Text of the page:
Last weekend, Meg and I embarked on our first majority non-pavement bicycle trip. No, we didn't take the bikes on water -- we decided to give the rural dirt and gravel roads in Steamboat Springs a try.
I've been riding a modernized steel 90s mountain bike ever since Meg and I moved to Colorado last year. Once we found a sick deal on a Surly Disc Trucker for Meg, we've both been itching for a chance to take the bikes out on some dirt and gravel. You might know that Steamboat Springs is world-renowned for mountain biking and skiing, but it also happens to have one of the greatest gravel biking communities in the world. This was our chance to see what that's all about.
We headed out to Steamboat after work on Friday. Fortunately, we're getting close to the Summer solstice, so the days are awfully long right now, giving us a lot of daylight for our journey.
Unfortunately, it's the off season at Steamboat right now between prime ski season and prime mountain bike season. Which means that most of the restaurants in town close down at 9 PM or so, which actually means that most kitchens stop serving food at around 8 PM.
Sadly, it's also snowmelt season at Steamboat right now, which means that the Yampa River, which flows right next to the bike path from our hotel to town, is super high right now. Which means that some sections of the bike path are currently underwater. Which means detours.
So we showed up at Steamboat around 7:30, and tried to take the bike path to town (we just drove 3 hours!), but we were really hungry, so the detours were really confusing, and daylight started to dwindle, which made us realize that all of the restaurants were about to close. Note to Steamboat DOT: orange paper is not very visible towards dusk, so you should really mark your bike detours with something reflective.
We ended up driving up to town in the car. Then we:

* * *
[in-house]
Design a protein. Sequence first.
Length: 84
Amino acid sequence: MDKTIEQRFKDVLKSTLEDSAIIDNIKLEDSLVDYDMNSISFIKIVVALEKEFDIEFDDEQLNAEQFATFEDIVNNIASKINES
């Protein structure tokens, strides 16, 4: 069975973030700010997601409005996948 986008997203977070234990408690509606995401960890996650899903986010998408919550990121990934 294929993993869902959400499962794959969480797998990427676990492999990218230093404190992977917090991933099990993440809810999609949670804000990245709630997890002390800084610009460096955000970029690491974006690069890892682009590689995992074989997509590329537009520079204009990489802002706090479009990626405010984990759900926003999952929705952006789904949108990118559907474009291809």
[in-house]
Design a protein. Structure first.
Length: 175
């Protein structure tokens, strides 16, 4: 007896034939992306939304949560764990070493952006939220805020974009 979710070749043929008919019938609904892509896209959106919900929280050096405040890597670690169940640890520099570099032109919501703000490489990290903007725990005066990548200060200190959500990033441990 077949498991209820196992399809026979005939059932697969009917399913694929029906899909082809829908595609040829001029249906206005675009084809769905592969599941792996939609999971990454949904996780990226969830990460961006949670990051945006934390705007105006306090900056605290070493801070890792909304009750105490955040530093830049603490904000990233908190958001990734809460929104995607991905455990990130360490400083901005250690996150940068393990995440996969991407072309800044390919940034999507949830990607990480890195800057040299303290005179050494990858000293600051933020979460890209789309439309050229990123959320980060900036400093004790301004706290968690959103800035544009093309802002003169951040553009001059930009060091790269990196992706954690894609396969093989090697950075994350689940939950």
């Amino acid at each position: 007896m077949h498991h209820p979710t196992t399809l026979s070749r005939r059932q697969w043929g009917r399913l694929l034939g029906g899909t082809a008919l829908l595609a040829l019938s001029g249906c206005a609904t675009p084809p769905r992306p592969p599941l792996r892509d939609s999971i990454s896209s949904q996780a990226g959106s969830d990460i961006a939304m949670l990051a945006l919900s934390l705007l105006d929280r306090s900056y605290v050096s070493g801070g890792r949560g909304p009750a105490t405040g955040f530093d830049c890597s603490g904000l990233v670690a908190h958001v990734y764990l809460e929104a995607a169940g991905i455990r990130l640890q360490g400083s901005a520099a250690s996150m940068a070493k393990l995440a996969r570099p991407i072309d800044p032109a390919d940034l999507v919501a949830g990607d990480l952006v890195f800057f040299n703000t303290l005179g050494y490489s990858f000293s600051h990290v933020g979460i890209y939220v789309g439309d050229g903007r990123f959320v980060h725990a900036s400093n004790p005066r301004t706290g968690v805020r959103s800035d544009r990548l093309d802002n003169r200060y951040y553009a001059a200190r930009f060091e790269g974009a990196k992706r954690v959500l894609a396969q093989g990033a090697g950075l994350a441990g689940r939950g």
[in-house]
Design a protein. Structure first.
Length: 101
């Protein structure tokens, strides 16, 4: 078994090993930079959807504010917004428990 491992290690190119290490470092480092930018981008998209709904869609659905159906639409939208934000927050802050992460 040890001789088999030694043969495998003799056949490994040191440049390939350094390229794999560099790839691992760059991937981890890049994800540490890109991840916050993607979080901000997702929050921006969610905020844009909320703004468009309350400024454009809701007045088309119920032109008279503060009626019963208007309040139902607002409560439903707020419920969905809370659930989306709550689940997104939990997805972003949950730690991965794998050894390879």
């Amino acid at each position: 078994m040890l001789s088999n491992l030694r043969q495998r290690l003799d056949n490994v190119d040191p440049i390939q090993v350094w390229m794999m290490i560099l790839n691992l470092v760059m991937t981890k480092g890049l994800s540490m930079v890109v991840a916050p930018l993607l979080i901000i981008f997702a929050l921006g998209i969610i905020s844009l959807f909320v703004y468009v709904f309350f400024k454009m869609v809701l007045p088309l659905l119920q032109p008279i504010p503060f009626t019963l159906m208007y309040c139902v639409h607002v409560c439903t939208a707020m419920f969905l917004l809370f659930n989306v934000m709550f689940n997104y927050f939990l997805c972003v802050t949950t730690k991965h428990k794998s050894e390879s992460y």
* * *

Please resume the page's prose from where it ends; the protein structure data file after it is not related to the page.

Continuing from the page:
Wolfed down a tasty burrito at Taco Cabo. Bonus points for pressing your burritos, Taco Cabo.
Got a beer and a salad at Mountain Tap Brewery, a key lime lager and a coconut brown ale.
Split a to-go crowler of Mountain Tap's haziest brew back at the (outdoor!) (heated!) (not populated!) pool at the hotel. Nothing like a nice swim under the stars at the end of a long day.
Hit the hay so we'd be ready for an early morning of gravel biking on the...
The town of Steamboat Springs sits in the middle of a big ol' valley. The Yampa Valley, to be specific, if the local bank conglomerate is to be believed. The two largest geological formations in the valley happen to be the two things we looped on this trip. The first of those formations is Elk Mountain, which some folks apparently nicknamed "Elk Mountain". Don't even bother looking that up to see if I'm lying -- it turns out that almost every state in the country contains an "Elk Mountain", because I guess the answer to the question "what do we call this mountain?" tends to be "Uh, I guess elk live there, so maybe 'Elk Mountain'?". Not like "Sleeping Giant" is that original either.
Anyway, on Saturday we looped around Elk Mountain on a bunch of dirt and gravel roads. We got up around 7 AM and immediately biked our way over to breakfast at the Seedz Cafe, which served up a surprisingly healthy (but still tasty) veggie chorizo breakfast burrito and a plate of eggs benedict covered in a phenomenal white pepper gravy. My only regret is not ordering my burrito smothered in green chili -- my favorite local burrito place in Denver contains plenty of green chili already, so the thought didn't even occur to me.